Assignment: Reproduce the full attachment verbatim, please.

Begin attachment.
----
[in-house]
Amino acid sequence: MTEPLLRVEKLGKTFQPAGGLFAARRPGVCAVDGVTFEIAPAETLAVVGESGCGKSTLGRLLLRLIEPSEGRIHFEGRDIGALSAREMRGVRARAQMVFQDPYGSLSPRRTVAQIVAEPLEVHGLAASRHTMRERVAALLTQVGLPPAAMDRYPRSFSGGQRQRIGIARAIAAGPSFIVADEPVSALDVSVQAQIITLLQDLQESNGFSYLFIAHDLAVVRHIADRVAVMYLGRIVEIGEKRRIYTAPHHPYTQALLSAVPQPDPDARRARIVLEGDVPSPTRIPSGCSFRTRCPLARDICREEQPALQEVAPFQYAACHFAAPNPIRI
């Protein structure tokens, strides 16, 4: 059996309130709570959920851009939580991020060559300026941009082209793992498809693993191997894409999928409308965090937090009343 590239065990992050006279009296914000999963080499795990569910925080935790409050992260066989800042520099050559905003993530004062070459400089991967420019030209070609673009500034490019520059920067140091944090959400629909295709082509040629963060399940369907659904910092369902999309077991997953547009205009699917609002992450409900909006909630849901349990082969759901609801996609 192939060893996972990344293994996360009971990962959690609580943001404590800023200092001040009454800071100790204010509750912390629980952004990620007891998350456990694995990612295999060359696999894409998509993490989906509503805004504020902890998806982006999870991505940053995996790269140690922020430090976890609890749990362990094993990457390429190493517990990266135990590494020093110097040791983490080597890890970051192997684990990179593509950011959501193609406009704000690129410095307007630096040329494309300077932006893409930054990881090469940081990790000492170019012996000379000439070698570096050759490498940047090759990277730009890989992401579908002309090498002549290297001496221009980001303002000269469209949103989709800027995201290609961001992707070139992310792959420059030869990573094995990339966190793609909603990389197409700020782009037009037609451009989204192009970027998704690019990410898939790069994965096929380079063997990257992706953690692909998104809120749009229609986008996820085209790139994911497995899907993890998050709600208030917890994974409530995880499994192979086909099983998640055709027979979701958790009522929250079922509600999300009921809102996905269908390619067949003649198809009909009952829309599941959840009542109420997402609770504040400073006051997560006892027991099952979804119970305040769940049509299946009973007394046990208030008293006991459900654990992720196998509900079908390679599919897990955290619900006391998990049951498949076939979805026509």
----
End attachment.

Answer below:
[in-house]
Amino acid sequence: MTEPLLRVEKLGKTFQPAGGLFAARRPGVCAVDGVTFEIAPAETLAVVGESGCGKSTLGRLLLRLIEPSEGRIHFEGRDIGALSAREMRGVRARAQMVFQDPYGSLSPRRTVAQIVAEPLEVHGLAASRHTMRERVAALLTQVGLPPAAMDRYPRSFSGGQRQRIGIARAIAAGPSFIVADEPVSALDVSVQAQIITLLQDLQESNGFSYLFIAHDLAVVRHIADRVAVMYLGRIVEIGEKRRIYTAPHHPYTQALLSAVPQPDPDARRARIVLEGDVPSPTRIPSGCSFRTRCPLARDICREEQPALQEVAPFQYAACHFAAPNPIRI
């Protein structure tokens, strides 16, 4: 059996309130709570959920851009939580991020060559300026941009082209793992498809693993191997894409999928409308965090937090009343 590239065990992050006279009296914000999963080499795990569910925080935790409050992260066989800042520099050559905003993530004062070459400089991967420019030209070609673009500034490019520059920067140091944090959400629909295709082509040629963060399940369907659904910092369902999309077991997953547009205009699917609002992450409900909006909630849901349990082969759901609801996609 192939060893996972990344293994996360009971990962959690609580943001404590800023200092001040009454800071100790204010509750912390629980952004990620007891998350456990694995990612295999060359696999894409998509993490989906509503805004504020902890998806982006999870991505940053995996790269140690922020430090976890609890749990362990094993990457390429190493517990990266135990590494020093110097040791983490080597890890970051192997684990990179593509950011959501193609406009704000690129410095307007630096040329494309300077932006893409930054990881090469940081990790000492170019012996000379000439070698570096050759490498940047090759990277730009890989992401579908002309090498002549290297001496221009980001303002000269469209949103989709800027995201290609961001992707070139992310792959420059030869990573094995990339966190793609909603990389197409700020782009037009037609451009989204192009970027998704690019990410898939790069994965096929380079063997990257992706953690692909998104809120749009229609986008996820085209790139994911497995899907993890998050709600208030917890994974409530995880499994192979086909099983998640055709027979979701958790009522929250079922509600999300009921809102996905269908390619067949003649198809009909009952829309599941959840009542109420997402609770504040400073006051997560006892027991099952979804119970305040769940049509299946009973007394046990208030008293006991459900654990992720196998509900079908390679599919897990955290619900006391998990049951498949076939979805026509």